• it has helped them to fully appreciate the importance of communion as a meal of fellowship and unity as one family; and
  • they have been touched by the simplicity but also sincerity of the children’s faith in receiving.

 

10 Commonly Raised Concerns About Children Receiving Communion Before Confirmation

 

  1. “Shouldn’t communion only be taken once you can understand it?”

Understanding is an important part of our Christian journey, but who of us can say that we as adults fully understand all that communion means? It is a mystery that we experience. We come to communion not because of what we know, but because we are invited.

And as we have already said, if understanding is essential for the receiving of communion, does that rule out adults with learning difficulties or cognitive impairment too?

 

  1. “The children won’t be serious or reverent enough”

This is rarely in practice an issue at the moment. Most children show remarkable reverence and thoughtfulness when receiving their blessing. Any occasional disruption seems to be entirely age appropriate, in the same manner as an elderly person who takes a long time to make it up to the communion rail is entirely appropriate too. We wouldn’t consider not allowing them to receive communion.

It is also true that there are times when we as adults may take communion with our minds on other things, or with unresolved anger in our hearts. Children may be simply more transparent in their behavior.

 

  1. “Don’t we need some kind of evidence that those receiving communion will always receive worthily and remain faithful for the rest of their lives?”

While we should take reception of communion seriously, it is important that we do not put up barriers that many adults too may fall short of. After all, maybe it is the most vulnerable Christians that most need the channel of God’s grace that we receive in communion. God’s grace is poured out freely, and it is not for us to look at motives or calculate end results. After all, Jesus healed ten lepers, even though only one returned to thank him (Luke 17:12-19).

 

  1. “Won’t it mean that children have no incentive to get confirmed?”

By allowing children to receive communion before confirmation, it takes some of the pressure off children to get confirmed at an age when they may not yet be ready. Often children get confirmed because they want the sense of belonging and being fully included that receiving communion gives. They may not be ready for the adult appropriation of their baptismal promises and the personal commitment that is called for in a confirmation service. By allowing communion earlier, confirmation, which is when children choose to affirm the baptism promises for themselves, can be done at an age when they are more likely to be able to make independent choices for themselves, as they approach adulthood.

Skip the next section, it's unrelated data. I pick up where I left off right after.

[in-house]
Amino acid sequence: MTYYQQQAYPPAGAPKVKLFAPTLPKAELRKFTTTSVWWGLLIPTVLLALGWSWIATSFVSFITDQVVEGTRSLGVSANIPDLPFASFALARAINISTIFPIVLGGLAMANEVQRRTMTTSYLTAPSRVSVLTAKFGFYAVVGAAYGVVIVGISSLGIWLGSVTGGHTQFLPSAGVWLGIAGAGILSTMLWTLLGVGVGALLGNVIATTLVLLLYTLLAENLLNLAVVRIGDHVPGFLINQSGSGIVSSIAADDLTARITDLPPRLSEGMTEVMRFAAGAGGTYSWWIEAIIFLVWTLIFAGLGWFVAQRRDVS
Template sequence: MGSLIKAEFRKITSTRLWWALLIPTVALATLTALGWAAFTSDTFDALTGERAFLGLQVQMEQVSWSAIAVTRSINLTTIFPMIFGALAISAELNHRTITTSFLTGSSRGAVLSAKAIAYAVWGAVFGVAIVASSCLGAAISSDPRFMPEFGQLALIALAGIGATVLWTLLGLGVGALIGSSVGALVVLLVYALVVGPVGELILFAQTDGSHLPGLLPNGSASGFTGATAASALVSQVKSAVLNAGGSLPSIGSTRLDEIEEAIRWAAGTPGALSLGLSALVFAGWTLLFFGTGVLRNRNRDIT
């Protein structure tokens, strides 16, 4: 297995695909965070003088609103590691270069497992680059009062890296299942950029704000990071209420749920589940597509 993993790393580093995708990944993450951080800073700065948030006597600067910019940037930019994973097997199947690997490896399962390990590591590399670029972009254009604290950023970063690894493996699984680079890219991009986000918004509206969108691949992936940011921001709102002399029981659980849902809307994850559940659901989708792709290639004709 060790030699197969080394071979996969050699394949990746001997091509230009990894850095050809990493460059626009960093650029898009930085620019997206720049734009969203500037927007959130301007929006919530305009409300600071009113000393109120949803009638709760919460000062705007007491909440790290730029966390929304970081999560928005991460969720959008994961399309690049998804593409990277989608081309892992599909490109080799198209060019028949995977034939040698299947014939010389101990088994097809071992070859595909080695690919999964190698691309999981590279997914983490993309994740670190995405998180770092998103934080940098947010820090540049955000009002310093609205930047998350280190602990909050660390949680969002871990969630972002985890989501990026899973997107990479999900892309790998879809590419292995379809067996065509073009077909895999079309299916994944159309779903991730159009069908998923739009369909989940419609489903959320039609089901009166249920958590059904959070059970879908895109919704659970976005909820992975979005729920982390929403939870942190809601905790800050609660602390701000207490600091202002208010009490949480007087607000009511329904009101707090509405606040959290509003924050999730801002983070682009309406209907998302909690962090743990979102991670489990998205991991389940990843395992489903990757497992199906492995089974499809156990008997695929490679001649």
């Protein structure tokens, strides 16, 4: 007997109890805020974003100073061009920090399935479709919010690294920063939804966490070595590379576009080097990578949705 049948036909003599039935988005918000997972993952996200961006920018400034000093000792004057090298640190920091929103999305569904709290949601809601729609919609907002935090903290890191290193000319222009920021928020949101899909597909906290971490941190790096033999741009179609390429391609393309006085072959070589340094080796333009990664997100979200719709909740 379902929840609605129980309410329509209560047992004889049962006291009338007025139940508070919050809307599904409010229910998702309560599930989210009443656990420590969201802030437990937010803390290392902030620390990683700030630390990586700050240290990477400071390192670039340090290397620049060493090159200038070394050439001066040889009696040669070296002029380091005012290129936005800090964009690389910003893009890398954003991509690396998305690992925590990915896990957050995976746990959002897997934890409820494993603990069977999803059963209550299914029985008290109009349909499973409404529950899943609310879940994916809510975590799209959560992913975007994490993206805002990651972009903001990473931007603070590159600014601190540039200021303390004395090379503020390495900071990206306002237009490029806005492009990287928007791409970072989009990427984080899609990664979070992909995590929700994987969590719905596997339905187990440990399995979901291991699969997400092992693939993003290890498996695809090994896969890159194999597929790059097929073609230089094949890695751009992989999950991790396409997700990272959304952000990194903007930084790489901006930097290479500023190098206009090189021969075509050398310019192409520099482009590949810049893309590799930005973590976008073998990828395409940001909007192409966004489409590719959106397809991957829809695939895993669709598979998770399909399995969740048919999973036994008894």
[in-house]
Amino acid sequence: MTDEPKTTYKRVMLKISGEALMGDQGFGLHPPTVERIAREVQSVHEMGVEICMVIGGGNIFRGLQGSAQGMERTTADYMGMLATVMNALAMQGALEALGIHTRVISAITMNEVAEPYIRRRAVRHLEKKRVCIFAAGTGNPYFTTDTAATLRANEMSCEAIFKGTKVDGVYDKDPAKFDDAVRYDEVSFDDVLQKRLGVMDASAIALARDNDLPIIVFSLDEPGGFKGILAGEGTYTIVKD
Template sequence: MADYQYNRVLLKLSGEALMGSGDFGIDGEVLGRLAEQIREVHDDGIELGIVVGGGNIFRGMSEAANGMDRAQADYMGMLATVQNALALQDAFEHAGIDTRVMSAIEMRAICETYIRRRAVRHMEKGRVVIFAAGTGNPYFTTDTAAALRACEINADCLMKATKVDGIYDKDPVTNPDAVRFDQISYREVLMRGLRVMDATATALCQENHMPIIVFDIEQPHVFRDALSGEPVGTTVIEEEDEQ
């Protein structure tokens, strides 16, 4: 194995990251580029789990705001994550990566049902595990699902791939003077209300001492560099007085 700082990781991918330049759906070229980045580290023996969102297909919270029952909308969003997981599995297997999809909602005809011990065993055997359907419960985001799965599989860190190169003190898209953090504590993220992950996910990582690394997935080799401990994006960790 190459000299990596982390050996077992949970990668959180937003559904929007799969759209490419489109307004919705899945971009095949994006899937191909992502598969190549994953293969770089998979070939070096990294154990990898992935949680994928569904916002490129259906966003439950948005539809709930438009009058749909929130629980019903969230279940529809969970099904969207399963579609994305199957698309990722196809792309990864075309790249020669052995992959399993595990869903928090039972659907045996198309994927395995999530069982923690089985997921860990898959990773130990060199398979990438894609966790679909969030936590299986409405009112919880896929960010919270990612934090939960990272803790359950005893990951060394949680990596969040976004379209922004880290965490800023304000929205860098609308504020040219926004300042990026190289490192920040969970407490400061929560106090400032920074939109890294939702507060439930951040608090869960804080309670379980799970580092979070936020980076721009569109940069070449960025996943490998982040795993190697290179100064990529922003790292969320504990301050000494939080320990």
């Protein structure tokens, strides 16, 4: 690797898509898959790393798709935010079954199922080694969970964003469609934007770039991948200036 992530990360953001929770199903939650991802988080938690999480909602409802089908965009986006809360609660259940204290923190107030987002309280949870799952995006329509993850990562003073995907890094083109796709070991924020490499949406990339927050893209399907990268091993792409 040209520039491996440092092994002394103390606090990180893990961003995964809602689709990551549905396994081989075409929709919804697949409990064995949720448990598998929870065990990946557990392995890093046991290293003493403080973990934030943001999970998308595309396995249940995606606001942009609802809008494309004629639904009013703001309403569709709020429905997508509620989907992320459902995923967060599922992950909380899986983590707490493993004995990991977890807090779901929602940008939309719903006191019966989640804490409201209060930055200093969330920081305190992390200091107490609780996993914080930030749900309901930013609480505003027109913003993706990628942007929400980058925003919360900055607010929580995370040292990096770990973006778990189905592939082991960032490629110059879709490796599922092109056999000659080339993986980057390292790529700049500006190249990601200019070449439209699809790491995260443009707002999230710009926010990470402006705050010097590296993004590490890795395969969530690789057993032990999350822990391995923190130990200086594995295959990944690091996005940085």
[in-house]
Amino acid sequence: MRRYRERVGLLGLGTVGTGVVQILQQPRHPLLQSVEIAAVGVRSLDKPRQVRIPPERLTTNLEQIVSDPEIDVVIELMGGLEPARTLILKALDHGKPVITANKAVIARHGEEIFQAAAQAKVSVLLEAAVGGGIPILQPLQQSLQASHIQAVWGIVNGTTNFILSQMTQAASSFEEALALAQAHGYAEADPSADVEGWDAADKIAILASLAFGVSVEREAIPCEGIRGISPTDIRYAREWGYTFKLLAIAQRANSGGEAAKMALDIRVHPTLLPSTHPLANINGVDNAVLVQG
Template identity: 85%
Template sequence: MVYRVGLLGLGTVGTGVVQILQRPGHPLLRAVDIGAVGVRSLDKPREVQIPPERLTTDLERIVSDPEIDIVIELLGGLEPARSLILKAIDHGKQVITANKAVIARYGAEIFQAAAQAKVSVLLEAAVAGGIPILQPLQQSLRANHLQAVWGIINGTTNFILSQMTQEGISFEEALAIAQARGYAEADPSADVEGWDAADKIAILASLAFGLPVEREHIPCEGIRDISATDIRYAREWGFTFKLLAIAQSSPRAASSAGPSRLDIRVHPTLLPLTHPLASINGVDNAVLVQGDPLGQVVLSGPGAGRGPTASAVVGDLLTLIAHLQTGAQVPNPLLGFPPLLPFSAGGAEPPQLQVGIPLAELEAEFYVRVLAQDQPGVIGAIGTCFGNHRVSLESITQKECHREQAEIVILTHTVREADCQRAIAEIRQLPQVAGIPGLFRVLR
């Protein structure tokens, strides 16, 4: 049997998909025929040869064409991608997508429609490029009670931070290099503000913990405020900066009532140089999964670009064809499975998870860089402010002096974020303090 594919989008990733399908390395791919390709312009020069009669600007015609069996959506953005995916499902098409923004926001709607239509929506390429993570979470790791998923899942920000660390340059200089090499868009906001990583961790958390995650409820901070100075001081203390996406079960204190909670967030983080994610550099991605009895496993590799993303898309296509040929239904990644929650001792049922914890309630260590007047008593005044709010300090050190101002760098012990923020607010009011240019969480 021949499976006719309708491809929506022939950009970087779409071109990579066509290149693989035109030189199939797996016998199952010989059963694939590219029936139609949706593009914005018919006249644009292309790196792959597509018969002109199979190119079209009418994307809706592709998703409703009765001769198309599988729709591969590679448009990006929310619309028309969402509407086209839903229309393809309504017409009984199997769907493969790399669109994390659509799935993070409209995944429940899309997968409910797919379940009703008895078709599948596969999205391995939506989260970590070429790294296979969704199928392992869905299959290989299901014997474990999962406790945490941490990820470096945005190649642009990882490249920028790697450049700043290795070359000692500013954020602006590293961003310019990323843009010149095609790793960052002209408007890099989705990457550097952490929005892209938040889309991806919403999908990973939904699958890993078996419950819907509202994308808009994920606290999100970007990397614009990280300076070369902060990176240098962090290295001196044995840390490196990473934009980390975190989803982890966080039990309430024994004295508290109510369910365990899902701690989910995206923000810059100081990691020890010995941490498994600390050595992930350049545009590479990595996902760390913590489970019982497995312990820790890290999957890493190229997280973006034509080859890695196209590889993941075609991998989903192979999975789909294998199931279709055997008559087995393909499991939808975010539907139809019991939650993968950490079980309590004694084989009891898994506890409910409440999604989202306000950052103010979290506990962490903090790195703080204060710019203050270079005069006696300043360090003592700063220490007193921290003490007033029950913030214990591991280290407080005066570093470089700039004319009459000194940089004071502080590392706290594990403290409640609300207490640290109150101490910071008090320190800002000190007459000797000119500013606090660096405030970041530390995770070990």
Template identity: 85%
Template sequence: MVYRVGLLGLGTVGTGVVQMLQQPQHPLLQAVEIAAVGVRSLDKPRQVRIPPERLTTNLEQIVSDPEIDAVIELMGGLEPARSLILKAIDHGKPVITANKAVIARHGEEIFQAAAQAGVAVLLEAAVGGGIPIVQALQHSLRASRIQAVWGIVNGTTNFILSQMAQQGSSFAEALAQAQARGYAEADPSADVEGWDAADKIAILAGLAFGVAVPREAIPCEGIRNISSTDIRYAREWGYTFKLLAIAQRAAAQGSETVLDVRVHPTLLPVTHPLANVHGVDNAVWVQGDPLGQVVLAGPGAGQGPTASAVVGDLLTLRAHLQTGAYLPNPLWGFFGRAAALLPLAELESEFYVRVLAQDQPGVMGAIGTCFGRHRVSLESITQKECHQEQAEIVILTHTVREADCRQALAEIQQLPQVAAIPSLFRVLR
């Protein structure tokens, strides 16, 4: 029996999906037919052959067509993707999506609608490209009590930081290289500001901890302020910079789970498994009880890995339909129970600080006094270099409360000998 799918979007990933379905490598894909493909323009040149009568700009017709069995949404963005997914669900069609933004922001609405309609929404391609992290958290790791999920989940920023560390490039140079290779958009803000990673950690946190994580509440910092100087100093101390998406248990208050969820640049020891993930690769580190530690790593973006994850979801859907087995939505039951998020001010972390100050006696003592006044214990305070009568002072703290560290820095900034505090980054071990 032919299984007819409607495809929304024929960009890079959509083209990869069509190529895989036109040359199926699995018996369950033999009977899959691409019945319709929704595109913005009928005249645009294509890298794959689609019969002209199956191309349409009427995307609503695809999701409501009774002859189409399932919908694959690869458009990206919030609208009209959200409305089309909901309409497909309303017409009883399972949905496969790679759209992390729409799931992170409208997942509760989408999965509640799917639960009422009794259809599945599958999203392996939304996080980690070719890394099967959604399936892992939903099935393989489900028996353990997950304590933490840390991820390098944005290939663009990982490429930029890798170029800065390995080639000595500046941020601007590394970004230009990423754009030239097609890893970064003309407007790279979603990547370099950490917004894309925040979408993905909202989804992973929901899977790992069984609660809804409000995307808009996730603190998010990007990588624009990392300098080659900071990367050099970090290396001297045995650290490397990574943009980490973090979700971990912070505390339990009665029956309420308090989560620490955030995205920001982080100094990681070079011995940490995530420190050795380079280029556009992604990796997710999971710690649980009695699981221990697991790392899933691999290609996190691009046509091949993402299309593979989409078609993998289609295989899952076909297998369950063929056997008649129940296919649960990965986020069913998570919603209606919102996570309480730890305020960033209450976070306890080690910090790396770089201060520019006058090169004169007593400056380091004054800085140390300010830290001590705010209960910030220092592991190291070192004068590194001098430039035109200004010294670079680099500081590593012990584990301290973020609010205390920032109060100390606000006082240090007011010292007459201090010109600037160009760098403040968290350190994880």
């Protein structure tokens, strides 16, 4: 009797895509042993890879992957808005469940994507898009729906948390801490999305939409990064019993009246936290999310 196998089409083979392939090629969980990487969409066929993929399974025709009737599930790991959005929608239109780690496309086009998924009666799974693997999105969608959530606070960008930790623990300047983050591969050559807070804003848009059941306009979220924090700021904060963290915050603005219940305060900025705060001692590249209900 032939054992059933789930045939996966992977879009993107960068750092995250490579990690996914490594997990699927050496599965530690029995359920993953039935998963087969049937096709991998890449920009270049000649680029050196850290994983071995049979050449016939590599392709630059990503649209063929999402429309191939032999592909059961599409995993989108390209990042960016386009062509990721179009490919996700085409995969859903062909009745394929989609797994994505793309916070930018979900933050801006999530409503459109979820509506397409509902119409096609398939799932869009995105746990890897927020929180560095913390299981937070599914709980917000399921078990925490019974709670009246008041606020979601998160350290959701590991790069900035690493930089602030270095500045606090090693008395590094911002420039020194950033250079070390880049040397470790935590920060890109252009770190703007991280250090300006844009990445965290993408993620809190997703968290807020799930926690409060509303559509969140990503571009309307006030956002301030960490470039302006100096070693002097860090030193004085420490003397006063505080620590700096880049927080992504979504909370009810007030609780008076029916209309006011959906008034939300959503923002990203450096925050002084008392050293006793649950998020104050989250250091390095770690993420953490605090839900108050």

It is worth noting that a pattern has begun to emerge amongst churches who admit children to communion before confirmation, of confirmation taking place during the late teens. This is being seen as an adult affirmation of faith. In the early Church, the laying on of hands and the reception of the Holy Spirit were often linked with commissioning or “sending out” (apostleship), and so this fits well with those in their later teens who are beginning to take responsibility in the Christian community, starting their first jobs or going to university.

Of course, moving to a policy of admitting children to communion before confirmation does not mean that children have to wait until their late teens to get confirmed. If they are ready and want to do so at a younger age, there is still that opportunity.

 

  1. “What about children who are not baptized? Won’t they feel excluded?”

It is important to say that baptism always precedes admission to Holy Communion. This is the position of almost all mainline church denominations. Communion is the meal of the family of God. Baptism is the entry-point into that family. Therefore non-baptized children will not be able to take communion.

If a non-baptized child shows a desire to receive communion then this provides the opportunity to explore baptism with that child and their parents, and their baptism could be a pre-cursor to them receiving communion.

Such an approach helps to give tangible value and meaning to the sacrament of baptism as the point of entry into the body of Christ.

 

  1. “What if children do not want to receive communion before confirmation?”

That is fine. No child will be forced to receive communion. It will be up to the child and their parents, alongside the vicar and the children’s workers, to think through whether this is the right step for them. The consent of child and parents is essential.

 

  1. “I didn’t receive communion before confirmation, and it didn’t put me off going to church. Why should it be different for children today?”

There have been two significant changes in recent years that have changed the situation.

  • Firstly, the main Sunday service in recent years in most churches has moved from Morning Prayer to Holy Communion. Whilst this change is to be warmly welcomed, it has left children unable to fully participate in the main church service of the week.
  • Secondly, the statistics of decline in church-going amongst children are very serious, and suggest we need to do all we can to help children re-engage and feel included in church once more. This is one important way that we can do this.

 

  1. How will we know which children are allowed to receive communion and who aren’t?

Children will be expected to undergo age-appropriate preparation, their parents will have given their consent, and their names will have been recorded in a register. Thus it will be clear to those distributing communion who can receive and who can’t.

 

  1. The Bible does not say anywhere explicitly that children could receive communion?